He requested a personal hearing by the Local Board, which was granted to him of February 25, 1952. After the hearing he was again classified I-A. In its minutes and written summary of this hearing the Local Board rejected defendant's ministerial claim in these words: 'In as much as you have no college education or theological training, we couldn't consider you a minister in full time capacity or otherwise.'
Defendant again appealed and on April 18, 1952, the Appeal Board determined that defendant was not entitled to a class lower than Class I-O or to Class I-O. This action was rescinded by the Appeal Board on June 25, 1952, and the classification changed again to I-O. No appeal was taken from this classification.
On November 28, 1952 defendant filed with the Board certificate of Watchtower Bible and Tract Society of his appointment as a Pioneer Minister as of September 1, 1952. On December 3, 1952 he filed as additional information statement of three officials of the Vandergrift Company of Jehovah's Witnesses, i. e., its Company Servant, Assistant Company Servant and Bible Study Servant. This statement set forth, inter alia, that since September 1, 1952 defendant had been enrolled as a Pioneer Minister 'which obligates him to spend one hundred hours a month in actual preaching activity;' that during the previous six months he was averaging eighty-seven and one-half hours a month in ministerial work. At this time defendant also notified the Board that he had given up all secular employment and was devoting all of his time to the ministry.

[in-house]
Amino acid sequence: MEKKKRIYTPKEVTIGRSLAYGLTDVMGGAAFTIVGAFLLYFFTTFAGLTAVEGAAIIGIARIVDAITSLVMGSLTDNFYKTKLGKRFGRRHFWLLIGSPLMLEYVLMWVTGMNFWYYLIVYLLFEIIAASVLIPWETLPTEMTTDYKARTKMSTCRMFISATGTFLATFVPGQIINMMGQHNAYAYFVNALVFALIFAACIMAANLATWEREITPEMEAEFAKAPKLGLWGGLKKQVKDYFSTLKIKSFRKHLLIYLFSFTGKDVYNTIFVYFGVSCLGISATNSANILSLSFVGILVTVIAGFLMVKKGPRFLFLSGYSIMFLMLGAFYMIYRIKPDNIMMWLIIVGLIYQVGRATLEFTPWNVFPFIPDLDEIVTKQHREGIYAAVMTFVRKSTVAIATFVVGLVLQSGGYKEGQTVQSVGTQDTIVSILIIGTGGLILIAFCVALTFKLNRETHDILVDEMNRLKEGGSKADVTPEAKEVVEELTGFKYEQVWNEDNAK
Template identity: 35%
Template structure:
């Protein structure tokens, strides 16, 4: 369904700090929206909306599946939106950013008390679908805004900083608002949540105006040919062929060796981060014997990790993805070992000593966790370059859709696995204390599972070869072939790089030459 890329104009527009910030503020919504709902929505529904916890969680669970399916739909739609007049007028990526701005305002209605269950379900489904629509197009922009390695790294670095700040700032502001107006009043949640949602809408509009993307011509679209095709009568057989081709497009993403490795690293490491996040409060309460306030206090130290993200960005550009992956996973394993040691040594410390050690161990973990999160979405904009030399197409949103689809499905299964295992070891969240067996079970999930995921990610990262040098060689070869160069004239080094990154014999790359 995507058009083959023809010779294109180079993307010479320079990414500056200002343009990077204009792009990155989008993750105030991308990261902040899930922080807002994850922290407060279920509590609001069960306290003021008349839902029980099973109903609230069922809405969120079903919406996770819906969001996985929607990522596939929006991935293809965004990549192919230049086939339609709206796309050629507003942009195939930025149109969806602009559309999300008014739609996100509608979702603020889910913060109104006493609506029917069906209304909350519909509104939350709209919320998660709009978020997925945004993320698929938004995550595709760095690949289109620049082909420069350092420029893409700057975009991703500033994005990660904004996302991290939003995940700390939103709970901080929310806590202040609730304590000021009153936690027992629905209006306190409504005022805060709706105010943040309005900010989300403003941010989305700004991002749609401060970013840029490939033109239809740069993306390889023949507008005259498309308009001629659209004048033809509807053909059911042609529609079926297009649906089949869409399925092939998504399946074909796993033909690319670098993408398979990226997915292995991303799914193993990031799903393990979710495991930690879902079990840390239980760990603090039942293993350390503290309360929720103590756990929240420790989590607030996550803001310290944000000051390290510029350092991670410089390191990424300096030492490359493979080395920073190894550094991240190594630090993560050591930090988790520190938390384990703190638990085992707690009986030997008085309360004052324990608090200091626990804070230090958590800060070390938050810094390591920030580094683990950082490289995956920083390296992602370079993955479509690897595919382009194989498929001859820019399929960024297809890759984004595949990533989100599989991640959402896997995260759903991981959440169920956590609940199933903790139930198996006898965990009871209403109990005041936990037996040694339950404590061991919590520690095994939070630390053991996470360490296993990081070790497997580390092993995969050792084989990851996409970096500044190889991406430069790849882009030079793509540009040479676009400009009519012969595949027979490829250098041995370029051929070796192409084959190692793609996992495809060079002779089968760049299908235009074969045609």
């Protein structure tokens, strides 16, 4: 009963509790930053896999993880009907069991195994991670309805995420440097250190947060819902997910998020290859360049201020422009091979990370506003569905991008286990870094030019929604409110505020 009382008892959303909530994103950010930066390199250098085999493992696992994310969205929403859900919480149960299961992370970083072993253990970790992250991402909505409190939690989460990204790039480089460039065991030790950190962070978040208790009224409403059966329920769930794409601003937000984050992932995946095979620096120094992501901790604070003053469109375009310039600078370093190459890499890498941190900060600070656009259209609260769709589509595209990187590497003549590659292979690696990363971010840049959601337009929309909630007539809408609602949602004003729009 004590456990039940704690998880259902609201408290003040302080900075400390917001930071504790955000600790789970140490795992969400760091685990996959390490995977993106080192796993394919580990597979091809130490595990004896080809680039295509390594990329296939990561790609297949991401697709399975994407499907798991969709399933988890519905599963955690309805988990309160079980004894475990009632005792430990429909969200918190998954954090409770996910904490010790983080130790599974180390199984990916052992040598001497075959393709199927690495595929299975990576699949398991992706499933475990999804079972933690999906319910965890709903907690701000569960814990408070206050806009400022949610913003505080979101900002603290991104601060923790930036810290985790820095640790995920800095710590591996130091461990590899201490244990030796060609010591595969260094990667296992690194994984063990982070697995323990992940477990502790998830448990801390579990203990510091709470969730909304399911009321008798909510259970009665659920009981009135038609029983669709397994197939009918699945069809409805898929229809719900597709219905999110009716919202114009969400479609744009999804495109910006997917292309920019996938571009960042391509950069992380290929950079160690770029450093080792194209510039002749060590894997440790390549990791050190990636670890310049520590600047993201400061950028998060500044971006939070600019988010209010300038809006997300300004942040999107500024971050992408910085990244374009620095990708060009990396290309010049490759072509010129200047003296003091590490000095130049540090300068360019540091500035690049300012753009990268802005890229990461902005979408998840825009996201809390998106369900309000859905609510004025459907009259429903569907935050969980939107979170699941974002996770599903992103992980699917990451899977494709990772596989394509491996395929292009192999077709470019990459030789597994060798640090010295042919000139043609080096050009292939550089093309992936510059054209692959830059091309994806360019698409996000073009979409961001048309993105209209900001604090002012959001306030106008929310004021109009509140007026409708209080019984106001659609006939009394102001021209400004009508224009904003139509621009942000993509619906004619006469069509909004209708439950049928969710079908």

Defendant was then given the opportunity to indicate which of three proposed types of work under Section 1660.20(b) of the Regulations he would prefer. He answered by giving Watchtower Bible and Tract Society as his first, second and third choice. Defendant was afforded a conference with the members of the Local Board and a representative of the State Director, Selective Service, in accordance with Section 1660.20(c) of the Regulations. The defendant stated categorically he would not come to any agreement with the Selective Service officials and that he would only work for the Watchtower Bible and Tract Society. He was advised that this was not approved as appropriate work. On defendant's request for a reopening of his classification he was advised that information then offered was identical with that previously submitted and in their opinion did not warrant a reopening. He was then advised his processing would continue under Section 1660.20(d) of the Regulations and that the Local Board, with the approval of the Director of Selective Service, would order him to perform a type of work which the Board considered as contributing to the national health, safety or interest. Thereafter defendant was directed by the Local Board to report to the Director of the Bureau to Tuberculosis Control, Harrisburg, Pa., for assignment at the discretion of the Director. Defendant failed to report, was indicated and tried as above indicated.